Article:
Internet Shakespeare Editions

Author: William Shakespeare
Not Peer Reviewed

Two Noble Kinsmen (Quarto, 1634)


The Two Noble Kinsmen.
I could doombe neither, that which perish'd should
Goe too't unsentenc'd: Therefore most modest Queene,
He of the two Pretenders, that best loves me
And has the truest title in't, Let him
2810Take off my wheaten Gerland, or else grant
The fyle and qualitie I hold, I may
Continue in thy Band.
Here the Hynde vanishes under the Altar: and in the
place ascends a Rose Tree, having one Rose upon it.
2815See what our Generall of Ebbs and Flowes
Out from the bowells of her holy Altar
With sacred act advances: But one Rose,
If well inspird, this Battaile shal confound
Both these brave Knights, and I a virgin flowre
2820Must grow alone unpluck'd.
Here is heard a sodaine twang of Instruments, and the
Rose fals from the Tree.
The flowre is falne, the Tree descends: O Mistris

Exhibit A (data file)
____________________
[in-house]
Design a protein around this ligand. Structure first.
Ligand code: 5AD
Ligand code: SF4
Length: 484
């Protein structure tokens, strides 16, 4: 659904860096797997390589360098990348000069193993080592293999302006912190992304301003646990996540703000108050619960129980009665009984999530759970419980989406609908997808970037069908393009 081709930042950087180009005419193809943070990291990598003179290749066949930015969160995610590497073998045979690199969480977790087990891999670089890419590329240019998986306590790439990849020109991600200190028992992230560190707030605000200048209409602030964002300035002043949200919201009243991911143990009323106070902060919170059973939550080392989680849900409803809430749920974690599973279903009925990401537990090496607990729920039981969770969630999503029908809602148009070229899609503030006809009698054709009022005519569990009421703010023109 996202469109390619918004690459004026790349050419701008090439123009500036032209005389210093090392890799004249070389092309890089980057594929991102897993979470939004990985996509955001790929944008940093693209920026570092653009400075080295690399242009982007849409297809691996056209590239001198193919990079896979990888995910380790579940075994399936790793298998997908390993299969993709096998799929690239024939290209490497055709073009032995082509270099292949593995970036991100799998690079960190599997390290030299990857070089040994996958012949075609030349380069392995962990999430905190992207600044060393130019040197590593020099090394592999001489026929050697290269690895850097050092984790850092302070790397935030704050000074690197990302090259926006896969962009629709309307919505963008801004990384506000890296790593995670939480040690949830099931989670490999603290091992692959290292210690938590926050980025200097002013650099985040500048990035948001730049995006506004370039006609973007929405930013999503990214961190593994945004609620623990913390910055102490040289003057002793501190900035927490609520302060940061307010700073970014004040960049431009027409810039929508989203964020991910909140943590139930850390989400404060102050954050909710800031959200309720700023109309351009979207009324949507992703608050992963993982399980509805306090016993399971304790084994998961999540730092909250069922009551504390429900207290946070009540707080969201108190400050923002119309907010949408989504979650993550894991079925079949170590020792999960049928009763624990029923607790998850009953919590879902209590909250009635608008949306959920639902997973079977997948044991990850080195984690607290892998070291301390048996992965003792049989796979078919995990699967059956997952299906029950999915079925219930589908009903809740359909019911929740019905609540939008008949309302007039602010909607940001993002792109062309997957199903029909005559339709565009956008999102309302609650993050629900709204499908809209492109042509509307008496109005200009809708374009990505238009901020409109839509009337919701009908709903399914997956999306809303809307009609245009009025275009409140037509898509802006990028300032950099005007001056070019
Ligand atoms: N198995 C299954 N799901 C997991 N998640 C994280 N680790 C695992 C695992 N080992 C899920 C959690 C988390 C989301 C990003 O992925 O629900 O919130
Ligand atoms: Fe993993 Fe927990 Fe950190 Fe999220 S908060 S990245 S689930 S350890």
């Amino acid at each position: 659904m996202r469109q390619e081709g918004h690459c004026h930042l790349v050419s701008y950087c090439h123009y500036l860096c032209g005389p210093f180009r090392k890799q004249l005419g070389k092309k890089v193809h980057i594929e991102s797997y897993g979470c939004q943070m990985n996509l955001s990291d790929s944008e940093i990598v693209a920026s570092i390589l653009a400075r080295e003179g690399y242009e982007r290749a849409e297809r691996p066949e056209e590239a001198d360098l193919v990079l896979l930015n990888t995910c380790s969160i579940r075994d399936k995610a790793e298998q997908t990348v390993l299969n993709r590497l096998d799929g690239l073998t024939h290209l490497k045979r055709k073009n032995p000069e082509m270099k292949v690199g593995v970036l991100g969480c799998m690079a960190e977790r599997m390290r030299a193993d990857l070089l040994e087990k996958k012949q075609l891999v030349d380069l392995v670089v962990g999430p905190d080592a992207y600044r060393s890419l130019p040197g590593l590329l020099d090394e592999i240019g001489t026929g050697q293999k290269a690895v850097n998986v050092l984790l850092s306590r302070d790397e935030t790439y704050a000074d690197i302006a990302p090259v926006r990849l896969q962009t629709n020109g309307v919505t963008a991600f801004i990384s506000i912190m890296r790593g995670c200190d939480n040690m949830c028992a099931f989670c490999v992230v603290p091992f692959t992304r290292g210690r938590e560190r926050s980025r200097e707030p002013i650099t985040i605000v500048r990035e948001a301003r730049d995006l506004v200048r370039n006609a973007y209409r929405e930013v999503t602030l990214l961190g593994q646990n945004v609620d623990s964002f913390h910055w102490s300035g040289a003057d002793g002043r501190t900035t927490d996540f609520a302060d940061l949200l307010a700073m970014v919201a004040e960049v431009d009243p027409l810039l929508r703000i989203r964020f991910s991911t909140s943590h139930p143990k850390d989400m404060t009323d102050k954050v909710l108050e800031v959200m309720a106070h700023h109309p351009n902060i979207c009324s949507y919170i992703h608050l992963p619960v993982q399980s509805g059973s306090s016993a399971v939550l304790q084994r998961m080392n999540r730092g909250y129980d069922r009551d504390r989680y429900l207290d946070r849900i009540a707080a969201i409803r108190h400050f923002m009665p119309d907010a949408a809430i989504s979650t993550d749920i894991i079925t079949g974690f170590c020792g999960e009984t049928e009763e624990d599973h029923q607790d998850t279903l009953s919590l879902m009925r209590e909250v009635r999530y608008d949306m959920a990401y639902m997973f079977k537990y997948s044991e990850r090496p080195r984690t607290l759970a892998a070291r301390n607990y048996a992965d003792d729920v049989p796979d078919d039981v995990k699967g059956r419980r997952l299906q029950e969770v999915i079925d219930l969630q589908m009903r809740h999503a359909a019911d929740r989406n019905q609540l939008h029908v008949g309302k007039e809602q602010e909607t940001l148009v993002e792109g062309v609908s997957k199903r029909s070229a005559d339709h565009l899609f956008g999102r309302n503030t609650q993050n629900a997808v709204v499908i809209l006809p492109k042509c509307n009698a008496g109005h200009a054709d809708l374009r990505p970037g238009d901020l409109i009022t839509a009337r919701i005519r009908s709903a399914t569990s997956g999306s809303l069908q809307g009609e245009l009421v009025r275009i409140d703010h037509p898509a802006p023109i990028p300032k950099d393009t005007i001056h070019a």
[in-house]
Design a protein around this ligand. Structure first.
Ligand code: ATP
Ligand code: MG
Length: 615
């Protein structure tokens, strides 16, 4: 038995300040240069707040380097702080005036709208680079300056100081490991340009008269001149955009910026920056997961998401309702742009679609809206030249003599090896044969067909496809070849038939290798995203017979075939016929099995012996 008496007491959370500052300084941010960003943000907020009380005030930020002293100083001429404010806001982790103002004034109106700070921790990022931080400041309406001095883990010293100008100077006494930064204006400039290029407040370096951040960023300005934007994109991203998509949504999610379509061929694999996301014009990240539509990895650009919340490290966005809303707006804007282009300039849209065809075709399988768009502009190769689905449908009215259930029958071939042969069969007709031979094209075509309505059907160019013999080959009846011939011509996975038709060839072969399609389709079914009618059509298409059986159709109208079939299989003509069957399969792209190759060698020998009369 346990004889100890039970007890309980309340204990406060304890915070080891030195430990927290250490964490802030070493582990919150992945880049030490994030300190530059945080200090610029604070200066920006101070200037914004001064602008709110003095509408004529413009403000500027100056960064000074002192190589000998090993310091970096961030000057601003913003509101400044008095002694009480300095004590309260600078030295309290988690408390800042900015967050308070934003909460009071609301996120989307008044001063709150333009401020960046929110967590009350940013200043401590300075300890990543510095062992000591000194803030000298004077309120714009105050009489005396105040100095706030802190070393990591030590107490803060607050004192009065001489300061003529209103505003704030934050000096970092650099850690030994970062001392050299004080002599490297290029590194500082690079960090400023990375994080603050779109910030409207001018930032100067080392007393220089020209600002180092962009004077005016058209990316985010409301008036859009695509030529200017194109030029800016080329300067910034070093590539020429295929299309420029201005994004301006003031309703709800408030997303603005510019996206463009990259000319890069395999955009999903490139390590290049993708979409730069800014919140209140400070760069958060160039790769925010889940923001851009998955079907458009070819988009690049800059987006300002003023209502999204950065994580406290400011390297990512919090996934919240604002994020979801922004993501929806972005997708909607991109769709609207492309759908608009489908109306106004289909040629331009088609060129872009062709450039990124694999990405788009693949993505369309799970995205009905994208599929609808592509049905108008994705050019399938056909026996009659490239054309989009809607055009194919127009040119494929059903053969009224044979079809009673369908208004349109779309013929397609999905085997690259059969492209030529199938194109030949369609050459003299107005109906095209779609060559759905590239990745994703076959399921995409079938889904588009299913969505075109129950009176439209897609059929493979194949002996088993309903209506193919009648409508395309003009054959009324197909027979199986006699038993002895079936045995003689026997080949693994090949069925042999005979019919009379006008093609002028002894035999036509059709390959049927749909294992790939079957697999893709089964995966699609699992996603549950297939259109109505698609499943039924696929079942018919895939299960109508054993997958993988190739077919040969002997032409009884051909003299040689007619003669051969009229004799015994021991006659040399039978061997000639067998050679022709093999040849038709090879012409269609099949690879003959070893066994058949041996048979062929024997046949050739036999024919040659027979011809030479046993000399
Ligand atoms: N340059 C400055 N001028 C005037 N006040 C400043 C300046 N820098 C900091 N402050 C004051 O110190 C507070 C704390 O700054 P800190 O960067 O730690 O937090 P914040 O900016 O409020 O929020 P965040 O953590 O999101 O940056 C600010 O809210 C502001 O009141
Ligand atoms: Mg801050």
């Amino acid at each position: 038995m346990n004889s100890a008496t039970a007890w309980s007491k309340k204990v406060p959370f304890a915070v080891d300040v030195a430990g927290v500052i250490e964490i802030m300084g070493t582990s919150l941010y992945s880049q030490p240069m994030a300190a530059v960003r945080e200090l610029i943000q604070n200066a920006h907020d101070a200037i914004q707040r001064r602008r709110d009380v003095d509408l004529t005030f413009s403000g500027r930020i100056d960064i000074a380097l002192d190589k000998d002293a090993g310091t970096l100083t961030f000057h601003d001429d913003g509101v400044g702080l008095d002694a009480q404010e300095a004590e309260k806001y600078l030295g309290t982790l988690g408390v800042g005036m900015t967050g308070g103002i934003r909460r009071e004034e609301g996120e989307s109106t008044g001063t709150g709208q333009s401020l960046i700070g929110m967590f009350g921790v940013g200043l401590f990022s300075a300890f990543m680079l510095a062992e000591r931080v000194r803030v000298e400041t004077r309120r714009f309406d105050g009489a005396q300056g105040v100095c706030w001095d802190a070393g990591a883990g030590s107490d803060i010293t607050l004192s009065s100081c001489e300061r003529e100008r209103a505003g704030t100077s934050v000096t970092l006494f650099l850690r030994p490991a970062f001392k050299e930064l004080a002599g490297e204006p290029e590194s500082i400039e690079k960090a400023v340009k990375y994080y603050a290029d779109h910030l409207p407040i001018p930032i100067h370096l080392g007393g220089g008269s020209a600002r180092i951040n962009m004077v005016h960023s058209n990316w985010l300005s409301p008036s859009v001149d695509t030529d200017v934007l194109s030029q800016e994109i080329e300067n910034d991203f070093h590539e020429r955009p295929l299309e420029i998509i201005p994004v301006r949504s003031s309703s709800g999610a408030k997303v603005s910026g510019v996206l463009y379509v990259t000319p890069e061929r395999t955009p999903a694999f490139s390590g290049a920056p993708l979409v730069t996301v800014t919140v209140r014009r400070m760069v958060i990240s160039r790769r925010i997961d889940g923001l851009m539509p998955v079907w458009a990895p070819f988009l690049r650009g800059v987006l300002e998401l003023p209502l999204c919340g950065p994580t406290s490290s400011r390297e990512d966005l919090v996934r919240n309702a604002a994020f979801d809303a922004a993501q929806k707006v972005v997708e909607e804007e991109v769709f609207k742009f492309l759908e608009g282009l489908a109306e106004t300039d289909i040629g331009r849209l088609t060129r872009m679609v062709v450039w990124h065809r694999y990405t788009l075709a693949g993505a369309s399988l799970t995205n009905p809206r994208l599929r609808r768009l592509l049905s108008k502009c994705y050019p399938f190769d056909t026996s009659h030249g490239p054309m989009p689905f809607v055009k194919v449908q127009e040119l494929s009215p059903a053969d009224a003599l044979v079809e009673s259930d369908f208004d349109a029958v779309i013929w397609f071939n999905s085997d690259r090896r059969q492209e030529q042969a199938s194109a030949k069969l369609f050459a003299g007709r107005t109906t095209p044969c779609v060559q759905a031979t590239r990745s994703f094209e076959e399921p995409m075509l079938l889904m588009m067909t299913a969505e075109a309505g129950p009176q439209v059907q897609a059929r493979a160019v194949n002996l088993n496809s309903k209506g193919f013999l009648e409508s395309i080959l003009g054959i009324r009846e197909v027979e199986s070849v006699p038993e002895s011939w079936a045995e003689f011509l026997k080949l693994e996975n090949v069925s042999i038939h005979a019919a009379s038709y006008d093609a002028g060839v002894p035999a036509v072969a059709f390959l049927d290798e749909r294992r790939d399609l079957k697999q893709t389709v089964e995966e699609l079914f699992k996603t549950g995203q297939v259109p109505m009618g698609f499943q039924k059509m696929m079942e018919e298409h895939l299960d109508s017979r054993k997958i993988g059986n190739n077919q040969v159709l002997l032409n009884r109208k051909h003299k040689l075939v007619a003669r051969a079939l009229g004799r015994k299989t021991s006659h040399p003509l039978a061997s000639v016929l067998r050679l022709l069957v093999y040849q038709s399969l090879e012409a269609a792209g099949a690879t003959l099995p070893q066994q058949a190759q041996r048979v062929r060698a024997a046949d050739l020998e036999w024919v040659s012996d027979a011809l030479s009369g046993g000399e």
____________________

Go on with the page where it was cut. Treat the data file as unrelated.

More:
Thou here dischargest me, I shall be gather'd,
2825I thinke so, but I know not thine owne will;
Vnclaspe thy Misterie: I hope she's pleas'd,
Her Signes were gratious.
They curtsey and Exeunt.
Scæna 2.
Enter Doctor, Iaylor and Wooer, in habite of
2830
Palamon.
Doct. Has this advice I told you, done any good upon her?
Wooer. O very much; The maids that hept her company
Have halfe perswaded her that I am Palamon; within this
Halfe houre she came smiling to me, and asked me what I
2835Would eate, and when I would kisse her: I told her
Presently, and kist her twice.
Doct. Twas well done; twentie times had bin far better,
For there the cure lies mainely.
Wooer. Then she told me
2840She would watch with me to night, for well she knew
What houre my fit would take me.
Doct. Let her doe so,
And when your fit comes, fit her home,
L2
And